Why do Fish have Gills

All animals respire which means that they use oxygen in the process of extracting energy from their foodstuffs, and produce carbon dioxide as a waste product.

Mammals have lungs which provide a huge surface area for air to come into contact with blood so that the oxygen can be bound to haemoglobin and taken around the body.  In the same way, fish expose a huge surface area through their gills to the sea, which also contains oxygen dissolved in it.

There is only about 1% oxygen in water compared with around 20% in air, so gills require a huge amount of water to provide the necessary gas exchange.

The gills also pass carbon dioxide into the water in the same way as lungs breathe it out into the air.

As the water passes over the gills, the blood in the fish absorbs oxygen from the water.  So as an organ, gills are analogous to lungs in mammals.  But why doesn’t the oxygen simply get absorbed from the water through the fish’s body?  The problem is the surface area required.

Single-celled animals can absorb oxygen through their surface because their volume is relatively small.  But as animals become larger in size, the volume grows faster than the surface area, so it becomes insufficient for absorbing enough oxygen.  So as larger animals evolve, they also evolve organs which can expose sufficient surface area to get the necessary oxygen.

In the case of mammals, they brought the air inside the body into lungs which had alveoli, small sacs which exposed a large surface area.  Fish, on the other hand need that surface area exposed to water and gills evolved to meet that need.

Having gills exposed on the outside of the fish would be advantageous in that more water would flow past the filaments but that would also expose them to damage.  Evolution favoured those fish with the filaments protected in the walls of the larynx, the fish throat, so that water flowed through the mouth and out of the gills, and this enabled currents to swirl the water increasing the exchange of gases.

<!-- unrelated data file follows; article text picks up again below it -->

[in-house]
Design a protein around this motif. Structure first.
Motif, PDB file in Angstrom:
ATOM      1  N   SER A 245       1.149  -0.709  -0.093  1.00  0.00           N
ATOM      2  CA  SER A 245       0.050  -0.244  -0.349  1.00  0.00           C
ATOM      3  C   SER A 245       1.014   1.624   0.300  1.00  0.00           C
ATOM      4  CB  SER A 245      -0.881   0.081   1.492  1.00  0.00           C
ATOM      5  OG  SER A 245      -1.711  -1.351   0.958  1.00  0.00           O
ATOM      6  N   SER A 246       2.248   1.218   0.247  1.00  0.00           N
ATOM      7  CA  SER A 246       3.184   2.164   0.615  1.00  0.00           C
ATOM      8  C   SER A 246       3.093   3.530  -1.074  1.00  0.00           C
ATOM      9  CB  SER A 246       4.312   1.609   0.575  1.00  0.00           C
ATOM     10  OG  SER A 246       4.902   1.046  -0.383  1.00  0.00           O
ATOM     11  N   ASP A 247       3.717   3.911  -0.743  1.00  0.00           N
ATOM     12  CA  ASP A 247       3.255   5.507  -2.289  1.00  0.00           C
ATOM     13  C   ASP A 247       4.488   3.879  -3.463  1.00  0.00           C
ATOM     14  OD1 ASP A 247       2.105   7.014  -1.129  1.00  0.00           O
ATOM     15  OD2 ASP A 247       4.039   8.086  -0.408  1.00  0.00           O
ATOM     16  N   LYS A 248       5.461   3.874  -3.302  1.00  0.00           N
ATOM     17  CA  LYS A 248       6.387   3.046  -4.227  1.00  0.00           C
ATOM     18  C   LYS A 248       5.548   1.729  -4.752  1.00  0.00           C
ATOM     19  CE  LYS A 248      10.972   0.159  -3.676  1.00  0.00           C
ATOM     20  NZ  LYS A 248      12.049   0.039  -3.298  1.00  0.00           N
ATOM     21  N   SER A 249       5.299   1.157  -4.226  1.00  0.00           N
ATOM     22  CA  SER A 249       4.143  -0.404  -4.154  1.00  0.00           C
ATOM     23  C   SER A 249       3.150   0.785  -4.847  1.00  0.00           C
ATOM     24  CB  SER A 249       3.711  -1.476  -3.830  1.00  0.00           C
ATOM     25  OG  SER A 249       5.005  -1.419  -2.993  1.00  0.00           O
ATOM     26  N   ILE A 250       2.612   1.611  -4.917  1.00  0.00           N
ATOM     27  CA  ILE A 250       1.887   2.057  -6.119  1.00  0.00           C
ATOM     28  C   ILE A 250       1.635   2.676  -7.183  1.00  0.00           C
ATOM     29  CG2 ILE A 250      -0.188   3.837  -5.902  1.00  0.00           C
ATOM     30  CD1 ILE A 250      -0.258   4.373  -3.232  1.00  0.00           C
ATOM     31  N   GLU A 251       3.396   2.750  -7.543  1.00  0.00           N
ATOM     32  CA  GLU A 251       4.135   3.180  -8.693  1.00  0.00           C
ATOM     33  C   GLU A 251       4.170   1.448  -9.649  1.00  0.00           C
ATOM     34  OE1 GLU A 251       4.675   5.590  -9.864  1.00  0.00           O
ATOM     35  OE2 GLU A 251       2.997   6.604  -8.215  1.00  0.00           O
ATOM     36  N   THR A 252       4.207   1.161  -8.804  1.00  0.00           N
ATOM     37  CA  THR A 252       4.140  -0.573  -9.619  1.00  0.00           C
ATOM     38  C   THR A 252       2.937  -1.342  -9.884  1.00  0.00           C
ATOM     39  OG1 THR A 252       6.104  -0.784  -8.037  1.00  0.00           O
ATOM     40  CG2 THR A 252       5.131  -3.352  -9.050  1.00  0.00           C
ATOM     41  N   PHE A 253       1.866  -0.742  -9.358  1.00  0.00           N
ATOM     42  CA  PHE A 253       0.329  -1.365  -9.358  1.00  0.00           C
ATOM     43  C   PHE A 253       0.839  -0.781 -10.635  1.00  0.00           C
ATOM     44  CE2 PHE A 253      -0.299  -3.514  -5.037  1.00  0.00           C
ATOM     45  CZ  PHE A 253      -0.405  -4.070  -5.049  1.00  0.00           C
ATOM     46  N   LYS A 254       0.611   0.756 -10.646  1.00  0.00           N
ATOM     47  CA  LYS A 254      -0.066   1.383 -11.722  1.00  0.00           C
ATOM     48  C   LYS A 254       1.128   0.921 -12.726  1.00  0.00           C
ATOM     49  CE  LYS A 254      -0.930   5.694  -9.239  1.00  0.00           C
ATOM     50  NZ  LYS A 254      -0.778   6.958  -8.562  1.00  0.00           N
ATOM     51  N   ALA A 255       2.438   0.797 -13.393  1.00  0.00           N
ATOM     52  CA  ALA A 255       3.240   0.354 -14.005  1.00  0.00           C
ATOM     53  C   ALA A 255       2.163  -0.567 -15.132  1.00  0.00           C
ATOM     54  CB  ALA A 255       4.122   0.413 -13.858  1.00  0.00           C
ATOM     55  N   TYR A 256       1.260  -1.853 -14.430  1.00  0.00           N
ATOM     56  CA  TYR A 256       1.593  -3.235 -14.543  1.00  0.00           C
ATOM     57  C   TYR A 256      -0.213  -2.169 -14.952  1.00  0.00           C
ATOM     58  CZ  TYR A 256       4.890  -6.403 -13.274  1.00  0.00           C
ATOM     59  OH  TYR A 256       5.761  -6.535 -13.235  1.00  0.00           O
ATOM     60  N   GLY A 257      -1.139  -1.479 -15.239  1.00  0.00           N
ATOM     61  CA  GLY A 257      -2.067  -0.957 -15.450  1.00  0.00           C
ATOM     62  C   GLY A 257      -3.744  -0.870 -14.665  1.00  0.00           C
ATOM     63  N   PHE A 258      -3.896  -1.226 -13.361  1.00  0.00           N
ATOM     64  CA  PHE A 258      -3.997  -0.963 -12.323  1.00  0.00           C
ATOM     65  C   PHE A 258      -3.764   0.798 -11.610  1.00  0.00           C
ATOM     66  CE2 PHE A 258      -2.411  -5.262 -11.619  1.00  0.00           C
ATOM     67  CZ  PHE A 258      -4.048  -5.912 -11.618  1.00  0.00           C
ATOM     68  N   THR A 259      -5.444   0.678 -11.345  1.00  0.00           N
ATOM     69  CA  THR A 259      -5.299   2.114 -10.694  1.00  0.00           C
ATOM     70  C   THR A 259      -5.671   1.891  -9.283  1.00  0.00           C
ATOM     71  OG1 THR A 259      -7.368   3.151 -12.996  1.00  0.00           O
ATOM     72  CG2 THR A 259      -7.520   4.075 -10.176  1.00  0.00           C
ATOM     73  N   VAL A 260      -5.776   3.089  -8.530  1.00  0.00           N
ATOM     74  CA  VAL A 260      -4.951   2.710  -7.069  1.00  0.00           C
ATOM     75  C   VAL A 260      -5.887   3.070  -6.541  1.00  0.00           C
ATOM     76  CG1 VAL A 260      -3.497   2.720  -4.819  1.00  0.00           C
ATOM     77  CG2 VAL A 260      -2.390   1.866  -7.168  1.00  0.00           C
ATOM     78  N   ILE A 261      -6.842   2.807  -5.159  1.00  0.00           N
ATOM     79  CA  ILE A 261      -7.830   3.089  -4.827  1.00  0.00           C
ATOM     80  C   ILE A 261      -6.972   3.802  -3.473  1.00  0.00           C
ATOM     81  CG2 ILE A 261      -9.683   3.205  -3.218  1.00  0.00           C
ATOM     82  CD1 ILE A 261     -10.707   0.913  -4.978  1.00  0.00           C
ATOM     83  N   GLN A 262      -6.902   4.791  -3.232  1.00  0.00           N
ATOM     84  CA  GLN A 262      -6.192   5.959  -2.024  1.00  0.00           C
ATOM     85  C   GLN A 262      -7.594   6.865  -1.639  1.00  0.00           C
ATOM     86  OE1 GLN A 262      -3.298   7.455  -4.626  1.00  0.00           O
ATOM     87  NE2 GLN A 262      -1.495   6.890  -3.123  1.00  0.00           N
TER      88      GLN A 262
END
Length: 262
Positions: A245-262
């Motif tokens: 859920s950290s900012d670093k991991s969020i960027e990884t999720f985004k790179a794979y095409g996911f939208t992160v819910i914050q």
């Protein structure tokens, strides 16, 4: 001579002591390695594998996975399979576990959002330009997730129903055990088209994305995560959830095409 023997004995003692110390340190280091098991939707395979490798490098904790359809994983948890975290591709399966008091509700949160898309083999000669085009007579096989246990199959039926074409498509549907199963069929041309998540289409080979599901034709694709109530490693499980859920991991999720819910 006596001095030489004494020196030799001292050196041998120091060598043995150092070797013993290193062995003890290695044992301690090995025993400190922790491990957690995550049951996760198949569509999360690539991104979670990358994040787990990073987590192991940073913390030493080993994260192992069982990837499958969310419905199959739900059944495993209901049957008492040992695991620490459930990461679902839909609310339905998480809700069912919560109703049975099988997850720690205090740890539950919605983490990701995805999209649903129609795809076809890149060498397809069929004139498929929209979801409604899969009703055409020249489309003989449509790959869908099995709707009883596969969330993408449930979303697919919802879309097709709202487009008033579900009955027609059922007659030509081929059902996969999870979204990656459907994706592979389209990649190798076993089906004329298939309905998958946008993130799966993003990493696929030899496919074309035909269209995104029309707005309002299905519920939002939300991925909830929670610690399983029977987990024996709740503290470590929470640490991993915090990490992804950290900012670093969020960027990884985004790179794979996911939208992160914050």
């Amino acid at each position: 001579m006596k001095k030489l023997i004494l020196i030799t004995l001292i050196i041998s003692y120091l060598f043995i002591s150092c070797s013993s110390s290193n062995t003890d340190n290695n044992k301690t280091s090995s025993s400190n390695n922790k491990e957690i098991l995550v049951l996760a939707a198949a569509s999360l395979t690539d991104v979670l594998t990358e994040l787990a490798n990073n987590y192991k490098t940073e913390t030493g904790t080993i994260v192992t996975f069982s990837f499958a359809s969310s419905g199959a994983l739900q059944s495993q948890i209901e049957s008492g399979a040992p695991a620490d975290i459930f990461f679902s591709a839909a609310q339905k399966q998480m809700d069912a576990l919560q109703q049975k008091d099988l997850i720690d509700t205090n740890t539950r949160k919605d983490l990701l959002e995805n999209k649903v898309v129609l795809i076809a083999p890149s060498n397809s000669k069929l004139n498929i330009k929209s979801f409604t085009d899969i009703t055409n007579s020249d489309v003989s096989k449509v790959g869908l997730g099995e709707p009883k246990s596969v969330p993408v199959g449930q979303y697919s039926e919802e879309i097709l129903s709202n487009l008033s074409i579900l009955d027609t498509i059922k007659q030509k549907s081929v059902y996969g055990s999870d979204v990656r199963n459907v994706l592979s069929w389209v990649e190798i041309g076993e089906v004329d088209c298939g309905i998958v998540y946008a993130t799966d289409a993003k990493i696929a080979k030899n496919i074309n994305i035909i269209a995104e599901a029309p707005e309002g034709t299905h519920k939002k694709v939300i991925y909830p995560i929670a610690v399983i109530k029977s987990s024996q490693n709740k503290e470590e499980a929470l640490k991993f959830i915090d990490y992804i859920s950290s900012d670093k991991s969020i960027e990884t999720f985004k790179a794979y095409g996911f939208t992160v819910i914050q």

Lungs evolved as a part of evolutionary adaptation when fish moved onto the land.  However, evolution has no purpose because it is based on blind natural selection based on random mutations and in fact, gills have developed from many types of embryonic tissue.  In mammals, lungs develop from a fold in the embryonic gastrointestinal tissue.

There are many organisms with different respiratory organs such as some crustaceans that have legs adapted for gas exchange.

It is tempting to think that the gills simply moved inside for mammals but the developmental biology is more complex.  Earlier forms of fish had a swim bladder which also formed from the embryonic gastrointestinal tissue and originally had a gas exchange function as well.  In modern fish it is simply a swim bladder.

It is a fascinating fact that evolution can produce similar organisms from totally different starting points through the process of natural selection.